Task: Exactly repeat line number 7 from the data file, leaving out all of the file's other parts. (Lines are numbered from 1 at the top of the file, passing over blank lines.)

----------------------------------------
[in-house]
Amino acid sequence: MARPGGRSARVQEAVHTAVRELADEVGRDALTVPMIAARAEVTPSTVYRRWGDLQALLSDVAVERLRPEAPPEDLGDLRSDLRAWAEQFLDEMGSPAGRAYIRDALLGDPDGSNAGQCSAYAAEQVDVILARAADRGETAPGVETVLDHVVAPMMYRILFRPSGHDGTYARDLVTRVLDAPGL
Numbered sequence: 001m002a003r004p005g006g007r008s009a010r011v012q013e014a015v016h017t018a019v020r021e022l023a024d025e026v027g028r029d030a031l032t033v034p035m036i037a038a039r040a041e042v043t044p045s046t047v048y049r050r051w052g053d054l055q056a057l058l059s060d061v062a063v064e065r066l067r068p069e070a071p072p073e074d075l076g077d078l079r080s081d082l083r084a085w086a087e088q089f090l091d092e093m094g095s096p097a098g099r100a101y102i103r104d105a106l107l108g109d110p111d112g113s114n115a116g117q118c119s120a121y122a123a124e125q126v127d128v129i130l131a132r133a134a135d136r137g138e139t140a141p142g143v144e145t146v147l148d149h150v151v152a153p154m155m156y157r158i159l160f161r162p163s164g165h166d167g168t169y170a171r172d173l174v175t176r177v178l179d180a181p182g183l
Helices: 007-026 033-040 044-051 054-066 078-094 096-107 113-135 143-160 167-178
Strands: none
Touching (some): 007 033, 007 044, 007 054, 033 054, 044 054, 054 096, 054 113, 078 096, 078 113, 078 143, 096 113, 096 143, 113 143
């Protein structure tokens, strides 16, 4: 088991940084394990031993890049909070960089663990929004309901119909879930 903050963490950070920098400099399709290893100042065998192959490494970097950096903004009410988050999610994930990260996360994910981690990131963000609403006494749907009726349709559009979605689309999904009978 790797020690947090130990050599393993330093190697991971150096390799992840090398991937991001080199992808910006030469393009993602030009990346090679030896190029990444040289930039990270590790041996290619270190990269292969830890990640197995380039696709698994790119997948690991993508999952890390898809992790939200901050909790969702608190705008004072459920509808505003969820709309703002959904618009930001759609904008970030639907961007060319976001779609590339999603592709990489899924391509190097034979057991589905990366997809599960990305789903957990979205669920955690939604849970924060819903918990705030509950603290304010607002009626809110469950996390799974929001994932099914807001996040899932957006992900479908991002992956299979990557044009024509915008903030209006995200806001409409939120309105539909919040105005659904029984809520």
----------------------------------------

């Protein structure tokens, strides 16, 4: 088991940084394990031993890049909070960089663990929004309901119909879930 903050963490950070920098400099399709290893100042065998192959490494970097950096903004009410988050999610994930990260996360994910981690990131963000609403006494749907009726349709559009979605689309999904009978 790797020690947090130990050599393993330093190697991971150096390799992840090398991937991001080199992808910006030469393009993602030009990346090679030896190029990444040289930039990270590790041996290619270190990269292969830890990640197995380039696709698994790119997948690991993508999952890390898809992790939200901050909790969702608190705008004072459920509808505003969820709309703002959904618009930001759609904008970030639907961007060319976001779609590339999603592709990489899924391509190097034979057991589905990366997809599960990305789903957990979205669920955690939604849970924060819903918990705030509950603290304010607002009626809110469950996390799974929001994932099914807001996040899932957006992900479908991002992956299979990557044009024509915008903030209006995200806001409409939120309105539909919040105005659904029984809520």